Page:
Earthling: TV News meets Military Industrial Complex
Plus: Kamala on space weapons, Chinese protesters outsmart algorithm, What does the Donbas want? etc.
An article in Jacobin suggests that the next time you hear TV commentators pushing for military aid to Ukraine, you should do a little googling to see if they might stand to profit from their proposals. The commentators shown below are defense industry consultants, and that creates conflicts of interest that aren’t disclosed to viewers.
Both Leon Panetta and Jeremy Bash, for example, work for Beacon Global Strategies, which Bash co-founded and whose clients have included Raytheon. Raytheon makes Javelin anti-tank weapons (in collaboration with Lockheed Martin), and Bash, who worked in the Obama administration, had this to say about Javelins on NBC’s Meet the Press: “If the United States can train and equip the Ukrainians and, I think, engage in a second Charlie Wilson’s War, basically the sequel to the movie and the book, which is arming and training a determined force that will shoot Russian aircraft out of the sky, open up those tanks with can-openers, like the Javelins, and kill Russians, which is what our equipment is doing, I think this is a huge opportunity to hit Putin very hard.”
Panetta, for his part, told CNN’s audience that “the United States has to provide whatever weapons are necessary to the Ukrainians, so that they can hit back, and hit back now.” Panetta has come to the conclusion that “there is only one thing that Putin understands, and that’s force.”
To solve the long-term problem of climate change, focus on the clear and present danger of air pollution, suggests Binyamin Appelbaum in the New York Times. The solution to both problems is to stop burning fossil fuels, but that requires costly changes that humanity has seemed reluctant to implement. Appelbaum points to emerging evidence that air pollution is deadlier than we thought, and argues that Earthlings will be more motivated to prolong their own lives than to mitigate environmental disasters of the future.
Would people who live in the Donbas—the region comprising the two provinces Putin says should be severed from Ukraine—rather be part of Ukraine, part of Russia, or independent? A survey conducted in January and written up in the Washington Post this week sheds light on that question. Most people living in Ukrainian controlled parts of those provinces said they want to remain part of Ukraine (the sum of the first two blue bars). And most people living in separatist-controlled parts of the provinces said they don’t want to be part of Ukraine (the sum of the third, fourth, and fifth red bars).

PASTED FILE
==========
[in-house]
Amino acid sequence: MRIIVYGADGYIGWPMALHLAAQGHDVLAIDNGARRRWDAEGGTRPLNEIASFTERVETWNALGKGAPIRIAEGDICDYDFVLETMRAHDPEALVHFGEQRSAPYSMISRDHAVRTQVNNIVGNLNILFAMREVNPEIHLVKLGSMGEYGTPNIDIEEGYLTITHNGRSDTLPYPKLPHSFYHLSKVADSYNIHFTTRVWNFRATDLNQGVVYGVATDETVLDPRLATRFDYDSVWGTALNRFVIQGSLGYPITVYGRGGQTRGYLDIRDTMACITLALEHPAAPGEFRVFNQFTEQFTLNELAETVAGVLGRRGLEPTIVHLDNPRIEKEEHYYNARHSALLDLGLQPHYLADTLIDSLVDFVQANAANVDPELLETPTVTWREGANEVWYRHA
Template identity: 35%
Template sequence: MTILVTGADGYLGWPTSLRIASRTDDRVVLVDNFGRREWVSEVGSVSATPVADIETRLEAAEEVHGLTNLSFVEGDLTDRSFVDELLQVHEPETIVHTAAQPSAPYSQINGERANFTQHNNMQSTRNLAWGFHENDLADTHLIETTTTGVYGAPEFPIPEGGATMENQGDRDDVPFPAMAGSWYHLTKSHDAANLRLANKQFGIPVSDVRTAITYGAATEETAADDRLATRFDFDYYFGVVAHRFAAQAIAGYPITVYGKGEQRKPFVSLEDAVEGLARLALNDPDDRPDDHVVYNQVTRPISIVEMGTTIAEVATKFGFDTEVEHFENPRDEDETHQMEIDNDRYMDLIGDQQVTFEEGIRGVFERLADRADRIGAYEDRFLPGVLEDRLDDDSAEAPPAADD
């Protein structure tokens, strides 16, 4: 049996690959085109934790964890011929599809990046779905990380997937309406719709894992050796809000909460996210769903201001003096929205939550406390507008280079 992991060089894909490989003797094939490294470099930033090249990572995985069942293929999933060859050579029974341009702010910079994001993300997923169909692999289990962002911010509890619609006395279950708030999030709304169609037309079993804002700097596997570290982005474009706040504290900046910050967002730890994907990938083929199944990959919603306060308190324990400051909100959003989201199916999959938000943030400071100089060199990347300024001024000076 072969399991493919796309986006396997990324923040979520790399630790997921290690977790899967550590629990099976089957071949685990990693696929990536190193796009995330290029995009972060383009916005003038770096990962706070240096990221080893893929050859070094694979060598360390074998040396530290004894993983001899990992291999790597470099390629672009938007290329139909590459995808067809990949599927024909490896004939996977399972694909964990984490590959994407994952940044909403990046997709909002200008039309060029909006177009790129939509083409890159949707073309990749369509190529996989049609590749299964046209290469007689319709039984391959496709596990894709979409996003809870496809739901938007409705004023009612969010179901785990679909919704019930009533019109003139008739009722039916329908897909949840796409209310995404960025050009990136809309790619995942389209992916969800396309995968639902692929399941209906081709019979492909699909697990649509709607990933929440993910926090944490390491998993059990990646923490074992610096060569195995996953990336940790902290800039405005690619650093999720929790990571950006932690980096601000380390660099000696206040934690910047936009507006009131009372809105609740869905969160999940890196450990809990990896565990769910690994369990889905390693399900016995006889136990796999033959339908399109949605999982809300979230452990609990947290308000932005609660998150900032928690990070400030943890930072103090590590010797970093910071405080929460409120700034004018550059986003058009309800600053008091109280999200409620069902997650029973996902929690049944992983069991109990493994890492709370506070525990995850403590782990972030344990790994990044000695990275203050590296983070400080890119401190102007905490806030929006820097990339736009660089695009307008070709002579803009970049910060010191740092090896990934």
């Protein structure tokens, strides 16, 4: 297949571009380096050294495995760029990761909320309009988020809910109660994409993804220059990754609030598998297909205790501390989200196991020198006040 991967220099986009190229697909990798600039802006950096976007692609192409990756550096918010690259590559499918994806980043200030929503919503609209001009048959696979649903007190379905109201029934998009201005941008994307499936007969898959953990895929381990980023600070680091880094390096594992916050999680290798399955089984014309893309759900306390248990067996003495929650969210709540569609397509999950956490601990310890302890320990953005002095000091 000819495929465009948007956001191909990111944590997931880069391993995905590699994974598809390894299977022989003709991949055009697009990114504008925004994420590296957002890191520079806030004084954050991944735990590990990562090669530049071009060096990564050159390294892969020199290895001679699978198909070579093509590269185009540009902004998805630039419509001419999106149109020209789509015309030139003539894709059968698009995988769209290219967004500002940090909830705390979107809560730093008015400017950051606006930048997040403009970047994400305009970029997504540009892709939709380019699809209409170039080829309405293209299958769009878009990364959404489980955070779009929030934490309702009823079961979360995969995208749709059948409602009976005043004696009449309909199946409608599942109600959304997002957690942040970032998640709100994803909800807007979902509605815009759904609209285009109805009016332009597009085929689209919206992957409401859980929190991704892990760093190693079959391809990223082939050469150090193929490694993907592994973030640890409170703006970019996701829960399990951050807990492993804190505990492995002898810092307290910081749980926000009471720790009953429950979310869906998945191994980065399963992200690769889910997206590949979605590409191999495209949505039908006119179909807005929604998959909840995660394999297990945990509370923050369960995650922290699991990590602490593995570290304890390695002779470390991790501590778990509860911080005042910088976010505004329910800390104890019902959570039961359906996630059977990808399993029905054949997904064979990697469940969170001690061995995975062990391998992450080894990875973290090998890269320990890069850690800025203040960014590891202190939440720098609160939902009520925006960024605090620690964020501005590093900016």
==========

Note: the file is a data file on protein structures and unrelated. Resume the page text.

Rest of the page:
And what about the overall sentiment in the two provinces? In other words, if the Russian military succeeds in extending its control across both provinces and then holds a referendum in them, how might the vote come out? This survey suggests that slightly more people would want to stay in Ukraine than would want to join Russia or go independent. (The sum of the first two gray bars versus the sum of the next three gray bars.) But since people who have been fleeing the Donbas seem identify disproportionately with Ukraine, and many of those wouldn’t return to a Russian-controlled Donbas, there’s a good chance that a post-war referendum in a Russian-occupied Donbas—even a free and fair referendum—would favor severing the region from Ukraine.
Russians and Belarusians won’t be allowed to compete in this summer’s Wimbledon tennis tournament, the All England Tennis Club announced this week. Those affected include the world’s No. 2 ranked men’s player, the No. 4 ranked women’s player, and various players who have spoken out against Russia’s invasion of Ukraine. The ban was denounced by both the Association of Tennis Professionals and the Women’s Tennis Association. The British government had considered demanding “assurances” from Russian players that they oppose Putin, but club officials chose not to force that decision on the athletes. (The Earthling has covered other cases of wartime Russophobia here, here, and here.)
In the New York Times, Dave Philipps writes about the trauma experienced by some US drone pilots who kill suspected terrorists—and, sometimes, civilian bystanders—from thousands of miles away.
One pilot recalled, “We had to watch a target for days, weeks and even months. We saw him play with his kids. We saw him interact with his family. We watched his whole life unfold. You are remote but also very much connected. Then one day, when all parameters are met, you kill him. Then you watch the death. You see the remorse and the burial.”
And sometimes pilots are ordered to launch a strike on people who attend the burial. A pilot who was haunted by that among other memories grew depressed, started self-medicating with psychedelics, and was convicted of possessing them. He fled before being sentenced and—after the Air Force used a drone to track him down in a canyon—killed himself.